Photograph by Tyson Mowarin

Before we complete the Flowers and Leaves of our trees, we’re going to think about the Storms that might mess up our Trees. What are the Storms that get in the way of us being Solid Families?

Our Trees can get stronger or they can become weaker. In the bush, droughts, cyclones or fires can destroy or weaken the trees, but in good conditions they regrow. In our lives there are also things that can strengthen or weaken our families and our children. The Storms in our lives can weaken us. Some of the ‘Storms’ may need to be tackled at a community or Shire Council level. Other things that weaken families happen in our homes between people and we need to work on them together. Sometimes it’s even what we say to ourselves, the put-downs we give to ourselves, that makes us weaker.

What is happening in our community?

Let’s talk about the things that can happen in communities, homes and families that mess up lives and that stop us having strong solid families. At this point, discuss in small groups first, and then in the big group, the things that happen in our communities and families that can interfere with families being strong, or growing stronger.

Make a list of the Storms in your community/town/families.

• Are there some ‘Storms’ on this list that would be difficult to change without support and action at an agency, Shire council or government level?
• What could be done so they learn about your concerns? This could involve supporting or joining other groups, having a meeting with broader community, writing letters, protesting. While preliminary planning can occur at this point, other times may need to be set up to plan and undertake ongoing action.
• Now let’s look at the Storms on our list that we can work on by ourselves or in our families. These are ‘Storms’ over which we can have a bit more control. Issues commonly named have included drinking, drugs, ‘cards’, our response to, or use of, violence.

Storms we can face

There are many different ways that we can support groups to talk about the difficulties/Storms that families are facing. A number of activities are included in Appendix C to support and extend this discussion. We suggest using as many different activities as the group needs. We don’t include notes from these discussions about Storms on the Group Tree or on the Personal Trees. We return to the Trees after these discussions and record actions we can take against the storms.

At a minimum, it is important to talk about:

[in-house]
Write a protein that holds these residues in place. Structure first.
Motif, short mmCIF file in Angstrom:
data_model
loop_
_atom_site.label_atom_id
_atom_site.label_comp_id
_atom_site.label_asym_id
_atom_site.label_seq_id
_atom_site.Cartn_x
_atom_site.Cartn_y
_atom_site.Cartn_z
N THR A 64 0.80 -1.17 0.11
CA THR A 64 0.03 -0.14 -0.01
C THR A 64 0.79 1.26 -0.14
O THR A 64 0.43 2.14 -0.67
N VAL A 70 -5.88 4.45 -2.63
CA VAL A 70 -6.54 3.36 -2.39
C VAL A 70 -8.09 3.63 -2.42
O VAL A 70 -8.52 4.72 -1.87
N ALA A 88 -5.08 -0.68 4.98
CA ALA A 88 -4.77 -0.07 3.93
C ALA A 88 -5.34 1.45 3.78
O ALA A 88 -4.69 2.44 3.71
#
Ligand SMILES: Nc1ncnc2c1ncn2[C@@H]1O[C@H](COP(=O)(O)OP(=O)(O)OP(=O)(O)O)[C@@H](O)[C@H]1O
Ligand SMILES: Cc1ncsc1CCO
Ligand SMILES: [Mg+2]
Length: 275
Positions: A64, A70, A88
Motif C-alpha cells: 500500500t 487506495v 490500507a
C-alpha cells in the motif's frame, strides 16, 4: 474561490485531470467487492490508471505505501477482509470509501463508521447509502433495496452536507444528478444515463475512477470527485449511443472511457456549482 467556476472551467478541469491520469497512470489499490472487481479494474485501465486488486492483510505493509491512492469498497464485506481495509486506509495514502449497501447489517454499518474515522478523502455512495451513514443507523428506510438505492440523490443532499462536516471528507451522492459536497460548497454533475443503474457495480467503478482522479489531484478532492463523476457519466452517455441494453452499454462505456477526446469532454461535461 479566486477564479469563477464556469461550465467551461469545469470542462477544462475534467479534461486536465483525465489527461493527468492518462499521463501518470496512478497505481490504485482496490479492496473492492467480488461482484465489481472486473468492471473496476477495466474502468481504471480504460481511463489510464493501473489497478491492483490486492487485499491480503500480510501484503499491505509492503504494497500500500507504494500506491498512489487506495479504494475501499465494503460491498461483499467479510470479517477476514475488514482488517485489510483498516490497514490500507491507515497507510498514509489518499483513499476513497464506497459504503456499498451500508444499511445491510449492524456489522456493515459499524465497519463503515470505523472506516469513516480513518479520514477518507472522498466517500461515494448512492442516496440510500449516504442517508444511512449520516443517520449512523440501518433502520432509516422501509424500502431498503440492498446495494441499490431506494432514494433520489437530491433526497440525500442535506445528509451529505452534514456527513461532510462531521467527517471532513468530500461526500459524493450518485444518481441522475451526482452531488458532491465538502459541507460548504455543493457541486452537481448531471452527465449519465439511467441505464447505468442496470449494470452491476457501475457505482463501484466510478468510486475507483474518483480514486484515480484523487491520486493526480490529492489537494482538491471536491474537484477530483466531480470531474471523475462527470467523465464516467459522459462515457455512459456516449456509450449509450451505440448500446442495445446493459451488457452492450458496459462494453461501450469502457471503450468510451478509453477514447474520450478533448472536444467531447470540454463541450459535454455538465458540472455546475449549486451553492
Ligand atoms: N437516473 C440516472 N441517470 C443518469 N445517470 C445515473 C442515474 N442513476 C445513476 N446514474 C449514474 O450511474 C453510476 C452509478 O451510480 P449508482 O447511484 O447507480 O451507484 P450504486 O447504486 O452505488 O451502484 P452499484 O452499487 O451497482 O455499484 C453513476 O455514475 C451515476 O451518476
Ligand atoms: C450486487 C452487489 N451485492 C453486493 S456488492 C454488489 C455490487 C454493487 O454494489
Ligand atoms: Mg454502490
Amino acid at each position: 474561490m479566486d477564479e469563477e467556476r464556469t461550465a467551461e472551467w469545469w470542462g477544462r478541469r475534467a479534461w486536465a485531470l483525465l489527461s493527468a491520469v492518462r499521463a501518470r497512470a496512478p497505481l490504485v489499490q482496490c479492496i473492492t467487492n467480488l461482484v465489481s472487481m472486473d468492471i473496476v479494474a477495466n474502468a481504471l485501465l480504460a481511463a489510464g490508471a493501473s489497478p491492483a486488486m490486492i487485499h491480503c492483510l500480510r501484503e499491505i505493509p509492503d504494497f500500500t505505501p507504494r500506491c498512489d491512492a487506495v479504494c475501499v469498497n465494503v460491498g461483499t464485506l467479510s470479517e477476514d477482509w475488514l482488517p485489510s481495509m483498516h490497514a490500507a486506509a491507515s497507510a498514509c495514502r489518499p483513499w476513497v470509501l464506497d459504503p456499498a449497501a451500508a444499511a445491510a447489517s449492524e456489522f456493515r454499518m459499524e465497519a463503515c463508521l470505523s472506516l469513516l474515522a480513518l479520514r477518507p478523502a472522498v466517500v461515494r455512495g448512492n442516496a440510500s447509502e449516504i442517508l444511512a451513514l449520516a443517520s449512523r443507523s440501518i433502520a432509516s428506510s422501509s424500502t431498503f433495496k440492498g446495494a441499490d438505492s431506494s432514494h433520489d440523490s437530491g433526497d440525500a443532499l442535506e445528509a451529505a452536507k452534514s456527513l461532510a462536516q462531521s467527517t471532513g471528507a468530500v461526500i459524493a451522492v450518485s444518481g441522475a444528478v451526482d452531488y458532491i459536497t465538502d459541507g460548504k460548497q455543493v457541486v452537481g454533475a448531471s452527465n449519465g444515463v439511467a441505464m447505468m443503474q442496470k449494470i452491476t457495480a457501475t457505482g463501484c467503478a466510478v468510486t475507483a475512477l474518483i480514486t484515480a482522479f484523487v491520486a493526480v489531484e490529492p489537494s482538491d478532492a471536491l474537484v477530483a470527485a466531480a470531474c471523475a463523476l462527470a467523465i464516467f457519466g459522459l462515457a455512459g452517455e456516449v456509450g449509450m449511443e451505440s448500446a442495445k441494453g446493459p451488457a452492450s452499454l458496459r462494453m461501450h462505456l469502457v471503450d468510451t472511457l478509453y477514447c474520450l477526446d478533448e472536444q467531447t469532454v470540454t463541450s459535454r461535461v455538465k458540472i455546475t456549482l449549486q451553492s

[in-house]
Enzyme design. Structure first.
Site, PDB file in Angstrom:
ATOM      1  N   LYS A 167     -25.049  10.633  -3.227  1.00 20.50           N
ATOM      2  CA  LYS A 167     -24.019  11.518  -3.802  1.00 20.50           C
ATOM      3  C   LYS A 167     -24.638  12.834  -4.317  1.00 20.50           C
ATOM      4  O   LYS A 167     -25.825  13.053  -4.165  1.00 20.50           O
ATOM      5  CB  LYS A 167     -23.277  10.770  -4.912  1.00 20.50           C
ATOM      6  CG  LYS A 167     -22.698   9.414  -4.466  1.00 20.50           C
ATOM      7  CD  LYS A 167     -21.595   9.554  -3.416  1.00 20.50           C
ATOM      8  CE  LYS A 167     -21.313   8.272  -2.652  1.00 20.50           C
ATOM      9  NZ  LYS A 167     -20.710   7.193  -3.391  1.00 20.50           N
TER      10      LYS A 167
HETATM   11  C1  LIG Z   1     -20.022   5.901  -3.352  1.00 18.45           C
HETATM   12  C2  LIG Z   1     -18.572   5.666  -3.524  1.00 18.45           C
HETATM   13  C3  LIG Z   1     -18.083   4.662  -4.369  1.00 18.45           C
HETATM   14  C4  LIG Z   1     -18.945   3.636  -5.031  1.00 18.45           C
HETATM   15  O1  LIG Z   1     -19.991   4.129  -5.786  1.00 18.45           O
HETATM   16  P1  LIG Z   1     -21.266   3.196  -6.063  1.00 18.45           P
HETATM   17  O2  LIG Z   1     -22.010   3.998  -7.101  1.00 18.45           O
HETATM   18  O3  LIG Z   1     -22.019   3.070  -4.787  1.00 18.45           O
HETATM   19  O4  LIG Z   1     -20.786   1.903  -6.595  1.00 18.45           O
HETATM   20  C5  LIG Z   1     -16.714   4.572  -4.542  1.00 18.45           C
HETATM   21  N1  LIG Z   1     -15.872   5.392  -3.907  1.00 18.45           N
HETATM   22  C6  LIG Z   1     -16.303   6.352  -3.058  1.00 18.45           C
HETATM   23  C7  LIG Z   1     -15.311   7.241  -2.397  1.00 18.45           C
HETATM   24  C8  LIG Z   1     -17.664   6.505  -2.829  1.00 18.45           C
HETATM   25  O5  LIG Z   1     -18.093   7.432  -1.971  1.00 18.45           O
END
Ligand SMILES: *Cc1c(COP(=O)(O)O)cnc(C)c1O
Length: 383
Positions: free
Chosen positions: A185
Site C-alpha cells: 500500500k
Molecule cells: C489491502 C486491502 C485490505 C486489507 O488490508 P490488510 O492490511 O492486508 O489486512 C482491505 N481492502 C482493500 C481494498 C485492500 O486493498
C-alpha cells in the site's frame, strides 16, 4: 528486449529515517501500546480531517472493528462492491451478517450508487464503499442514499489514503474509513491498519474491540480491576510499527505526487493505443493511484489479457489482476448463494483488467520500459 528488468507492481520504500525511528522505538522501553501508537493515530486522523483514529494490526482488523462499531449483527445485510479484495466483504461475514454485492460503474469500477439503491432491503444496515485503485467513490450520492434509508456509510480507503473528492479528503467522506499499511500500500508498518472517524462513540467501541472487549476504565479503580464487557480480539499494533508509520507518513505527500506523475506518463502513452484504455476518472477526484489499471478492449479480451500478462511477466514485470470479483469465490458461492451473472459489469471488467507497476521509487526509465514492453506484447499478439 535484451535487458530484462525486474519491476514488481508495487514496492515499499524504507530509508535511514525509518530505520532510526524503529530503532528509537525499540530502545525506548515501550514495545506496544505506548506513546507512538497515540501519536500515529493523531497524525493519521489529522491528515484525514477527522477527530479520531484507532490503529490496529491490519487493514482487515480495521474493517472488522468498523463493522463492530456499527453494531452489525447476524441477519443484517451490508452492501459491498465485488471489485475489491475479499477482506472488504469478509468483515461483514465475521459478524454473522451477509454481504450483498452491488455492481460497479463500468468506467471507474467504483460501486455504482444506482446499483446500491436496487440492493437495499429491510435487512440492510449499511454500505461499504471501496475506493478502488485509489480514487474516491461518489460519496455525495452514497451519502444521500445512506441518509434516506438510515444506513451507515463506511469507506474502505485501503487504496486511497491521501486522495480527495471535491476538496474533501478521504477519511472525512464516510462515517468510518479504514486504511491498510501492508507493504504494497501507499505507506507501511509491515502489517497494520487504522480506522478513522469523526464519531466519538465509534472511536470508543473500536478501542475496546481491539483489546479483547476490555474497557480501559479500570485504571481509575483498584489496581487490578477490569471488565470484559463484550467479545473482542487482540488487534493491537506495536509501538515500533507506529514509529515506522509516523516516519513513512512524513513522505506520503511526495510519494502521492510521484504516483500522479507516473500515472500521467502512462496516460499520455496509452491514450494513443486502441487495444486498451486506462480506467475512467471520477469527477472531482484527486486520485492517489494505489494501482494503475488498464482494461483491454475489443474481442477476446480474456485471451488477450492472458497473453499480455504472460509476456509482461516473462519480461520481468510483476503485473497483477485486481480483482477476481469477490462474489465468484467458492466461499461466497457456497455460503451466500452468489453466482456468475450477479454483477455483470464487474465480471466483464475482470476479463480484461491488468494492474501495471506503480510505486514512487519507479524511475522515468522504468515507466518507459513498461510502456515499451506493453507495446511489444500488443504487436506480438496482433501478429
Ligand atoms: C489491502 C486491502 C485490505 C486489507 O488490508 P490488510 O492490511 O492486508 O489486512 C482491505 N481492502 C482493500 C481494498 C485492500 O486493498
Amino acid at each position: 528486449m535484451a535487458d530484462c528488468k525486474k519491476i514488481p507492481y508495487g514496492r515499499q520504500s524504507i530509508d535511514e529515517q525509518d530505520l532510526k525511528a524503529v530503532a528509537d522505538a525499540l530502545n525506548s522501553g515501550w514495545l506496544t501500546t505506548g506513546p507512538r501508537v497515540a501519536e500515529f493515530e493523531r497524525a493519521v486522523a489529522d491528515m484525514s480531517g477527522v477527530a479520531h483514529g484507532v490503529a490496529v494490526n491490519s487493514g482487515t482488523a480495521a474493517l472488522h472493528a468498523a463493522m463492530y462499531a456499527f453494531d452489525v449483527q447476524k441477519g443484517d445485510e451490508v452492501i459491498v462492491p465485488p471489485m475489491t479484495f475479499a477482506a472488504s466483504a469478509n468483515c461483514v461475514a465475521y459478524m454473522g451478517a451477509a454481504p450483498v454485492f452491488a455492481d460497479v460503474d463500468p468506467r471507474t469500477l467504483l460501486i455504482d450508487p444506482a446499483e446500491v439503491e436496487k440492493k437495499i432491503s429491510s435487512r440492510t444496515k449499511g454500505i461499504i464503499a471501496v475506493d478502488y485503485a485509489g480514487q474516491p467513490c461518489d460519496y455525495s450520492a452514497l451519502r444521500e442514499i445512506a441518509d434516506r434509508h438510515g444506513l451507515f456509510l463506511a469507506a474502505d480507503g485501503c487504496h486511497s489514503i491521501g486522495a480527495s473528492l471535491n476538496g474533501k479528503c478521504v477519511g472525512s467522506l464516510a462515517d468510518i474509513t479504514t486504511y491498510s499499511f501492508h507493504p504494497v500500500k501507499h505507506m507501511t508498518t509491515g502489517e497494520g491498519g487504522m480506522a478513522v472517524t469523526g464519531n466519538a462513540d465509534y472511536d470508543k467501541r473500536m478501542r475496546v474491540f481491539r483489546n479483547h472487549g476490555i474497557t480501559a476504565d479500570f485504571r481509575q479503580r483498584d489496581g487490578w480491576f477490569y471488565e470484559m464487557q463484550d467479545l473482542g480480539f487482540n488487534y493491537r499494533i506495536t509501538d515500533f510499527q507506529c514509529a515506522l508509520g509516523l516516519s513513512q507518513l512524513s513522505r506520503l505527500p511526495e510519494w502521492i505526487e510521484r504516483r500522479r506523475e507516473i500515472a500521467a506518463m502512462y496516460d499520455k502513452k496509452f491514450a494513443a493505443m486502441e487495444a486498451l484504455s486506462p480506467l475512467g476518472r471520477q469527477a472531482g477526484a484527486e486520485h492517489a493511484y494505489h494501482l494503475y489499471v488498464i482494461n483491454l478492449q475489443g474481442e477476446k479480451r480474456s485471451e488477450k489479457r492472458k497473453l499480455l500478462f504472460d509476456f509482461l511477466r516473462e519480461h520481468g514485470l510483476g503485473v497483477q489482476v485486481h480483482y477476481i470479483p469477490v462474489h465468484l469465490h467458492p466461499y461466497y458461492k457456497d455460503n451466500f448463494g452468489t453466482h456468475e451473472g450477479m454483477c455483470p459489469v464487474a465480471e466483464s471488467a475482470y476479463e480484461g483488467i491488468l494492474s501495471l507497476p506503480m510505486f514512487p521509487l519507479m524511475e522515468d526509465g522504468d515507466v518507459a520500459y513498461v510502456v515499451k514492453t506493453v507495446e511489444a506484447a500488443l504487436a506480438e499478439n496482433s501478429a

• How do these Storms affect families and children?
• What do they do to our Trees?
• What can we use from our Trees that will help us take a stand and help us to keep going when life is tough?
• Do you know anyone who has taken a stand against ___?
• How did they do that? Or if personal, how did you know there was another way?

To assist others to take action, discuss in as much detail as possible, the actions that were involved in taking the stand. You could make a record of the stories as a future resource for individuals or the community. Check with the owners of the stories before inclusion. Also check whether they want names changed or omitted.

Talking about a particular ‘Storm’

Pick a ‘Storm’ and think about all the ways it sneaks its way into people’s lives and the effects it has on families. If there have been common threads or a shared concern, with permission of the group go with this. Or have small groups discuss different ‘Storms’. The following questions can assist the discussion:
• How does this Storm get into people’s lives?
• What helps to keep it going?
• Are there times when this Storm is less powerful/easier/better?
• Are there places where it is easier?
• Are there people who support and make it easier for you/your families to take a stand and stay strong?
• What is helpful/not helpful?
• Storms don’t give up easily, what can families/people do to get up and keep going?
• Is there anything on our Trees that can help?

Home yarning

Group discussions and activities about responding to storms can go over several sessions so the home yarning will link to whatever has been spoken about in the particular session. Here are some possibilities:

Yarn at home about people you know who have taken a stand against their storms. If possible, talk to people who have taken a stand against the Storms in their lives and made them smaller or got rid of them altogether. Ask them:
• How did those people do it? It must have been hard.
• How did they keep going?
• Ask permission to tell their stories (without names) and have them recorded at the next session.

After another session talking about Storms, home yarning might include:
• Are there any Storms the family would like to take a stand against? Talk about how you might do that. What steps will you take?
• How will those problems try to stay in your lives?
• How will you keep taking a stand?
• How will you support each other?